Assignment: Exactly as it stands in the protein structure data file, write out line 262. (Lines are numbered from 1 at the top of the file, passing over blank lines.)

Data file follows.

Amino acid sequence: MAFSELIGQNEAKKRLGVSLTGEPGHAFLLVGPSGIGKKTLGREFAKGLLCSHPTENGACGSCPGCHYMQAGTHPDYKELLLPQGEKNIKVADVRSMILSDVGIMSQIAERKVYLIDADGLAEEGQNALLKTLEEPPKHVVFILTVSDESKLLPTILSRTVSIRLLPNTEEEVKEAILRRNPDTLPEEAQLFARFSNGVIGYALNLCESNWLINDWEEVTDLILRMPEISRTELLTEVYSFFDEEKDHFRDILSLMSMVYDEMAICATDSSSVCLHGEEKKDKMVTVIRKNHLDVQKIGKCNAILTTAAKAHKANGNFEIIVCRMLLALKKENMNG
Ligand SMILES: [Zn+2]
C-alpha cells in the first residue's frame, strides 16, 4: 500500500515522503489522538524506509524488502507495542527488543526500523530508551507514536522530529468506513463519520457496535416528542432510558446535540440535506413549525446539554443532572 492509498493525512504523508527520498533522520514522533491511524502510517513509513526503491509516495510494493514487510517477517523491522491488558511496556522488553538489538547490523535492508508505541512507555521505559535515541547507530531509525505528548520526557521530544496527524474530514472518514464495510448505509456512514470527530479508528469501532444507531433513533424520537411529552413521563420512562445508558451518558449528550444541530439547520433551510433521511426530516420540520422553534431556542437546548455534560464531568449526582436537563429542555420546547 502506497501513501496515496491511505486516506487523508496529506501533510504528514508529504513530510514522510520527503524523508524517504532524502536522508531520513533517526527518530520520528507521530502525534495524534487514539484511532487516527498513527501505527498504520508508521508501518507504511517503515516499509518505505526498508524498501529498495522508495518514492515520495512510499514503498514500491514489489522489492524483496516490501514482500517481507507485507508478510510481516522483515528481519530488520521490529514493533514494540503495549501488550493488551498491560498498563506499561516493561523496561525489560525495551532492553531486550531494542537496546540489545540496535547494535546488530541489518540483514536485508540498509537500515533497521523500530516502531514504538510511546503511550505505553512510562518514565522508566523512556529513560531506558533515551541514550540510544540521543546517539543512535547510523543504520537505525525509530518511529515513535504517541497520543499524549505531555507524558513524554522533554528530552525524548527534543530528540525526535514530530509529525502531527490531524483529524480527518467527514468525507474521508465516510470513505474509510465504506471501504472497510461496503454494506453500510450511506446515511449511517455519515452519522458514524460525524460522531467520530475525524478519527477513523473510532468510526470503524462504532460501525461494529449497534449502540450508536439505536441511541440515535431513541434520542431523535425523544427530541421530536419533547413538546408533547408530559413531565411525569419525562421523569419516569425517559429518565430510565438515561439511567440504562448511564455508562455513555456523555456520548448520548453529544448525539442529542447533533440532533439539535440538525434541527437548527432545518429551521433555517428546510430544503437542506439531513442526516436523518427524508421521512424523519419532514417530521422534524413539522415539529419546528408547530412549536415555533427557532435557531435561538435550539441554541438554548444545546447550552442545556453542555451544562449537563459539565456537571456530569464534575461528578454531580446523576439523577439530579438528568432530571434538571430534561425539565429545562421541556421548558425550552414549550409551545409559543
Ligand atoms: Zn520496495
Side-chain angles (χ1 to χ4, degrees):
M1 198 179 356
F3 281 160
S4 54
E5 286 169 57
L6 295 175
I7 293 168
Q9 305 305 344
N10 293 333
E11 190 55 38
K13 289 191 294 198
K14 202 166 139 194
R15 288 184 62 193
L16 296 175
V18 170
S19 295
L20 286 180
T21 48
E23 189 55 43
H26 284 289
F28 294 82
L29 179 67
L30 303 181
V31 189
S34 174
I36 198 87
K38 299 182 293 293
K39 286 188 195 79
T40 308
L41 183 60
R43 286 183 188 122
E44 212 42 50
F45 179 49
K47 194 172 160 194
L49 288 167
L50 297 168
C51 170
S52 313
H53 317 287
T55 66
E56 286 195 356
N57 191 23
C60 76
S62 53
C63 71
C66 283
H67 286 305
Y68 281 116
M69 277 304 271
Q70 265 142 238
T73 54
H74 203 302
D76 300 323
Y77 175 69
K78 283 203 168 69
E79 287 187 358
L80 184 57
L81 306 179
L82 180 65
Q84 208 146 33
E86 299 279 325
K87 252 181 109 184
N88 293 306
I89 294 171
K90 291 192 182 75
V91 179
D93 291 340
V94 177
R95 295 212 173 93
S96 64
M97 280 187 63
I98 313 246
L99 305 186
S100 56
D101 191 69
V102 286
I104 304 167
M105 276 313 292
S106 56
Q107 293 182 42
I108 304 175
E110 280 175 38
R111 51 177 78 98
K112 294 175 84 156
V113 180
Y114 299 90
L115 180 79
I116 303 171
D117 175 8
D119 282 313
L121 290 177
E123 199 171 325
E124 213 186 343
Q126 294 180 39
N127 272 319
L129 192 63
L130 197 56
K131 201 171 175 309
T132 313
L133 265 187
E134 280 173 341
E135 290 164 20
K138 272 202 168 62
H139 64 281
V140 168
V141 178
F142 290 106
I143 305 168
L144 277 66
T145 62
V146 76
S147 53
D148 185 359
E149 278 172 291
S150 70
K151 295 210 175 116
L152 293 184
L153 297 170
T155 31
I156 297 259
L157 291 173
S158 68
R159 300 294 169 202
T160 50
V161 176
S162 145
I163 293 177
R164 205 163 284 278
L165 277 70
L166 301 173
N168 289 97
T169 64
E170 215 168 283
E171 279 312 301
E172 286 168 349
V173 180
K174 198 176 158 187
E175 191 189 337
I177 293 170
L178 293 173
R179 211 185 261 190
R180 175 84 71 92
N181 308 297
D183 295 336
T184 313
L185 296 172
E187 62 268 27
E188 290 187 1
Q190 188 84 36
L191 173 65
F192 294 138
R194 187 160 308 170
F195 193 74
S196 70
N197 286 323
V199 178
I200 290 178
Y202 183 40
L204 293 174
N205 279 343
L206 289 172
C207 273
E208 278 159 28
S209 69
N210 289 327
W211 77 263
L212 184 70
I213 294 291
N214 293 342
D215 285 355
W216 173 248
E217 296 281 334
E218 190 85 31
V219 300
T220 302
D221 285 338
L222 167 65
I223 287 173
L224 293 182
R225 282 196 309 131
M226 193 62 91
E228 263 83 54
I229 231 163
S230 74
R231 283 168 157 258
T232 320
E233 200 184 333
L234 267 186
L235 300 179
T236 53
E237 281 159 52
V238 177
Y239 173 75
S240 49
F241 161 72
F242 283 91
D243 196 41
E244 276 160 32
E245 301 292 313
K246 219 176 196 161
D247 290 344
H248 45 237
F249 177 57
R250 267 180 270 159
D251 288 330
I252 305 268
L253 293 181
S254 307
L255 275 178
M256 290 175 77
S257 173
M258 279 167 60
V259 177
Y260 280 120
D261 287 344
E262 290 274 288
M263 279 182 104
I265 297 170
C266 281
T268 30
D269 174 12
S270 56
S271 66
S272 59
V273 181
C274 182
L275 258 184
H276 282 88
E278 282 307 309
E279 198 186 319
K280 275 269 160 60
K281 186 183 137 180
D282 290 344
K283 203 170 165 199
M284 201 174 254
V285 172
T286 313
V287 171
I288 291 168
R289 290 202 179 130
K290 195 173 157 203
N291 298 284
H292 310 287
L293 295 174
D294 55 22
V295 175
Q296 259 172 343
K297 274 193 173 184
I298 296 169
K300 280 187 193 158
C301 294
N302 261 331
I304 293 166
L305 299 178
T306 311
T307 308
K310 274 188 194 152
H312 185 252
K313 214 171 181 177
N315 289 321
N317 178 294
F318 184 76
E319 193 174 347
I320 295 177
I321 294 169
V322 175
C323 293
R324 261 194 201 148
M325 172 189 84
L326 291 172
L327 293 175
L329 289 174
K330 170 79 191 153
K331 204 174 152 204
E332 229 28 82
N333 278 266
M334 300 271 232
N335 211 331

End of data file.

H312 185 252